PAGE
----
5 October 2011
All this talk about footprints and tail traces, and I haven’t even shown you any “for sure” dinosaur fossils. Well, let’s remedy that today. We return now to the scene: exposures of the Jurassic Morrison Formation, on the east side of the Bighorn Basin, just north of Shell, Wyoming. I was wandering around, finding things like ripples and lichens and cobbles of chert that had multiple intersecting conchoidal fractures, and surrounded by flakes, suggesting they had been worked by Native Americans:
This is a view of the VMNH quarry, amid the splendor of rich vegetative colors (it was a wet spring in Wyoming):
Zooming in, you can see the dig site itself, a spot called “Two Sisters” for the two sisters who discovered it (both residents of Shell, apparently):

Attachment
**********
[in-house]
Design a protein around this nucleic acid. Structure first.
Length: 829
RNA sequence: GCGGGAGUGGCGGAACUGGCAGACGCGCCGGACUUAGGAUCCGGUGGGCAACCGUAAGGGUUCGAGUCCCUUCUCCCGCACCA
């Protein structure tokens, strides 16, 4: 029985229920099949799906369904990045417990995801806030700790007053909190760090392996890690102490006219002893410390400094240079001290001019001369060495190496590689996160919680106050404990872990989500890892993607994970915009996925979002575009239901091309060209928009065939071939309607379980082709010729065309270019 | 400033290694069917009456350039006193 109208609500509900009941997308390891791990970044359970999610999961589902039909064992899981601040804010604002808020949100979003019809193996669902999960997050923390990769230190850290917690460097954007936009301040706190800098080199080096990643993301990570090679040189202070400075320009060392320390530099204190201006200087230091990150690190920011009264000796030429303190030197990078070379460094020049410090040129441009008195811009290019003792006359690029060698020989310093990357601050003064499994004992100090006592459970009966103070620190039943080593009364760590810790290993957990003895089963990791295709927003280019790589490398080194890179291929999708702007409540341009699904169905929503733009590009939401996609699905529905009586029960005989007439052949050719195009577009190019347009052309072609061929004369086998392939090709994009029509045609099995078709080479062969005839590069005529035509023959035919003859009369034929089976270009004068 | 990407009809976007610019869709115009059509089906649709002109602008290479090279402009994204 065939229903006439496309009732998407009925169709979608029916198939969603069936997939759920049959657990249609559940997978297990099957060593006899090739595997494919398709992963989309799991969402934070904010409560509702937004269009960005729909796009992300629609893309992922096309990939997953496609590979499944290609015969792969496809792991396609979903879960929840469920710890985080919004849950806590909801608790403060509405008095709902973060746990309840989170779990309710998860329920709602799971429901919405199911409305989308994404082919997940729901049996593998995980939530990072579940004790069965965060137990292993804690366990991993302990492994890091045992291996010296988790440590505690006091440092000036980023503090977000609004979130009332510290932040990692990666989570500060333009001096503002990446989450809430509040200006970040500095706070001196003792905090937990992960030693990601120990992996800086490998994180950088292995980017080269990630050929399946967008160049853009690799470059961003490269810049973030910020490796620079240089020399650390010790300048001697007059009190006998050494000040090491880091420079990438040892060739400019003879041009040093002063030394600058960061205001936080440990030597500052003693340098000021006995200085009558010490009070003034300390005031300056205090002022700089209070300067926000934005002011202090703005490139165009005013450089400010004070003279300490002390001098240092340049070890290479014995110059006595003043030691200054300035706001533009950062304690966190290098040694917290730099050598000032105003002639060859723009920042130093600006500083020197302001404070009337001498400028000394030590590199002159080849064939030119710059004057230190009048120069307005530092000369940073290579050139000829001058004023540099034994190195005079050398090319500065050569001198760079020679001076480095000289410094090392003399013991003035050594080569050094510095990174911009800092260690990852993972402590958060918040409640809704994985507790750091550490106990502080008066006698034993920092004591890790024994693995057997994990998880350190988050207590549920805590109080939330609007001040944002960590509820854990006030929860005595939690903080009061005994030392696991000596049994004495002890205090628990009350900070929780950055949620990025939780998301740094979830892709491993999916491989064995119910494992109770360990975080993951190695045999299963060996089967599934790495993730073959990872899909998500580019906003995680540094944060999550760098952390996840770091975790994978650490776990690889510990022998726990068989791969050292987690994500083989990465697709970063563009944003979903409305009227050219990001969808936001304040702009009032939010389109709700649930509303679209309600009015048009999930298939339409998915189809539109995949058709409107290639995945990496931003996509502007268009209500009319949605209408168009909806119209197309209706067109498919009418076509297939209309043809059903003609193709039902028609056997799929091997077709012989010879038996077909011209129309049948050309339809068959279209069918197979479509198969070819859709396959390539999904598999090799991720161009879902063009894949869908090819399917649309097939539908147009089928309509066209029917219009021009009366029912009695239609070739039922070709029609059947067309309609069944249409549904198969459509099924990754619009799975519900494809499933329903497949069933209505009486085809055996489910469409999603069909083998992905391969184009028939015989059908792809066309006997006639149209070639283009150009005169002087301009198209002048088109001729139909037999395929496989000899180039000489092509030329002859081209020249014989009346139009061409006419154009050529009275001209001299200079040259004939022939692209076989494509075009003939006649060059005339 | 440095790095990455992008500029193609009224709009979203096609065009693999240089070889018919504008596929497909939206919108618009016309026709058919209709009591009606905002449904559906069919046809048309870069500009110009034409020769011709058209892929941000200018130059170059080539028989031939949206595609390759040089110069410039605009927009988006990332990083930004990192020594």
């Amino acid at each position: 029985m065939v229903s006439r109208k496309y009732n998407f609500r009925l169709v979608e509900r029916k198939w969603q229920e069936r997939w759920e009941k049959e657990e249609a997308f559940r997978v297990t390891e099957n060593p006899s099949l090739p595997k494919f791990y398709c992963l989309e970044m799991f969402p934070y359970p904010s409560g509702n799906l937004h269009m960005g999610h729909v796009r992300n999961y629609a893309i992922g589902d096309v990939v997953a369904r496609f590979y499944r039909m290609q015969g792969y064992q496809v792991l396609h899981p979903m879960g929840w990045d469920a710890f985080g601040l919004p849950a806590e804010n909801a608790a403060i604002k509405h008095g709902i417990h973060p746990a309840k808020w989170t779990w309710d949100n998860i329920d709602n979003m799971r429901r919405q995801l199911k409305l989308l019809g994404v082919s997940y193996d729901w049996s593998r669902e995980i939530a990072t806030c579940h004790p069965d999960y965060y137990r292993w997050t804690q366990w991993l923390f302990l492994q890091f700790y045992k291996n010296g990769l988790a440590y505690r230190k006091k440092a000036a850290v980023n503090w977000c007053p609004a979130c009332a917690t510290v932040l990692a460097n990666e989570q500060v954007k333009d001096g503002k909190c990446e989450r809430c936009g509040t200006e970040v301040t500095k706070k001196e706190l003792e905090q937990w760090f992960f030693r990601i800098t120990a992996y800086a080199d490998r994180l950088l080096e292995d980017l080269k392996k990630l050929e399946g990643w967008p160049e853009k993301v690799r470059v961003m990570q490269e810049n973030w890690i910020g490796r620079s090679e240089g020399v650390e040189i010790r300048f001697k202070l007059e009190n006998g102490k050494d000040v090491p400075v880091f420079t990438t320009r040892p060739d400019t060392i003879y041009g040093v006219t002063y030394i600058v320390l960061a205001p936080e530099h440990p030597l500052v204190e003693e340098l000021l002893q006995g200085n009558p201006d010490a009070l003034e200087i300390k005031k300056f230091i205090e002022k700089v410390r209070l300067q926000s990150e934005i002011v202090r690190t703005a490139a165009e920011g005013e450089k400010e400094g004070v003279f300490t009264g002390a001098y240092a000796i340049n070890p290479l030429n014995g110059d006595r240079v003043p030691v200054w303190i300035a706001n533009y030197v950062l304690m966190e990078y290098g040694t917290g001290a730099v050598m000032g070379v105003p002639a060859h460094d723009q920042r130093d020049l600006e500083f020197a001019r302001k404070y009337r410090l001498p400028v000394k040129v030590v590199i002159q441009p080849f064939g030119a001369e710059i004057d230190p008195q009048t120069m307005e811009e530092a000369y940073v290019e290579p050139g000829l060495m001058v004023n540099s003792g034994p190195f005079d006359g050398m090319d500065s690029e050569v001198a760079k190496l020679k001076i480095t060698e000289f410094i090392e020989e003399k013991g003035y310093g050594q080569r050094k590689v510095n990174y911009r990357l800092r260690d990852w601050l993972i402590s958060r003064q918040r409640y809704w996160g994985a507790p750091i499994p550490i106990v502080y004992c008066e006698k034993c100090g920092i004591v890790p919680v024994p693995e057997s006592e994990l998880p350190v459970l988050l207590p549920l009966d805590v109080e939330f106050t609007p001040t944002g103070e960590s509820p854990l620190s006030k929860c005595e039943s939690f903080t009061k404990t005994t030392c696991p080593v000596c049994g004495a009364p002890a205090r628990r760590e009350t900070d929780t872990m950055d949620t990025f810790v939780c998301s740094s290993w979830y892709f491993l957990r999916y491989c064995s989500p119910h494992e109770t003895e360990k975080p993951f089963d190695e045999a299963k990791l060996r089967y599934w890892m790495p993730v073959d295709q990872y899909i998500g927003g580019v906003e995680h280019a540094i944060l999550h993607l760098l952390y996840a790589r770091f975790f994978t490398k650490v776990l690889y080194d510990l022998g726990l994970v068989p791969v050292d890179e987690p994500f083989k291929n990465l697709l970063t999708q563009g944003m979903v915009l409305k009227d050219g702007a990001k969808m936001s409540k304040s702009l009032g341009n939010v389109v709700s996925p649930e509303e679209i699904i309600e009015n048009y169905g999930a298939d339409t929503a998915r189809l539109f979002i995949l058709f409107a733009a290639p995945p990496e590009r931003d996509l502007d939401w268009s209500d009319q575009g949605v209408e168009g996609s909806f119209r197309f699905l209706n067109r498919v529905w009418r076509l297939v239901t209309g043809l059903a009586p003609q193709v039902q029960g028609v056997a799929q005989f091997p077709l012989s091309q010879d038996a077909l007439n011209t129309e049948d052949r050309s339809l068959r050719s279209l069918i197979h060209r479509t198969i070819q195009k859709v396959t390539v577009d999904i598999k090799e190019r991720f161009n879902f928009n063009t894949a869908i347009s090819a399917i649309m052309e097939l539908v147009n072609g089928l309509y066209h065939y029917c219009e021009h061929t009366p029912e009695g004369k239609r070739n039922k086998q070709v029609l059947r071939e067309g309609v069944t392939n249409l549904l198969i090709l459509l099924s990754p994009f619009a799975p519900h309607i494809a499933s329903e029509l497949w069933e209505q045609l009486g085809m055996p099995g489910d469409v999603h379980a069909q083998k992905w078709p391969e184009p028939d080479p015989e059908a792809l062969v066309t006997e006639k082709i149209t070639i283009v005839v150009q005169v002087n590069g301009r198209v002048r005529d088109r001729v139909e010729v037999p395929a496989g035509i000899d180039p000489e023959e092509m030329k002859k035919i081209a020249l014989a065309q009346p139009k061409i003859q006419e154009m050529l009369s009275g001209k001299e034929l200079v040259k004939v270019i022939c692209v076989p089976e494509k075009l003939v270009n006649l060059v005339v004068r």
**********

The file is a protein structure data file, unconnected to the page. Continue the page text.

Here’s what the Two Sisters site looks like from below, on approach to the excavation pit:
Inside the pit, you could find volunteers Nancy and Linda work at excavating a large bone, perhaps a tibia:
They were a fun pair: vegans who did this for fun every summer, a couple of plucky lasses who enjoyed a cool beer at the end of the field day. They were kind of like Two Sisters themselves – the name of the site is much easier to remember as a consequence of their spirited participation in the project. Linda even hooked me up with a pair of free tickets to the Virginia Wine Festival (which she runs) as a wedding present. Much obliged indeed!
And, here, finally, is a look at that bone itself, with my trusty Swiss Army knife for scale:
Ta-dahhhhhh! That’s a real-life dinosaur bone, emerging from the ground.
I guess I can cross that one off the Geologist’s Life List.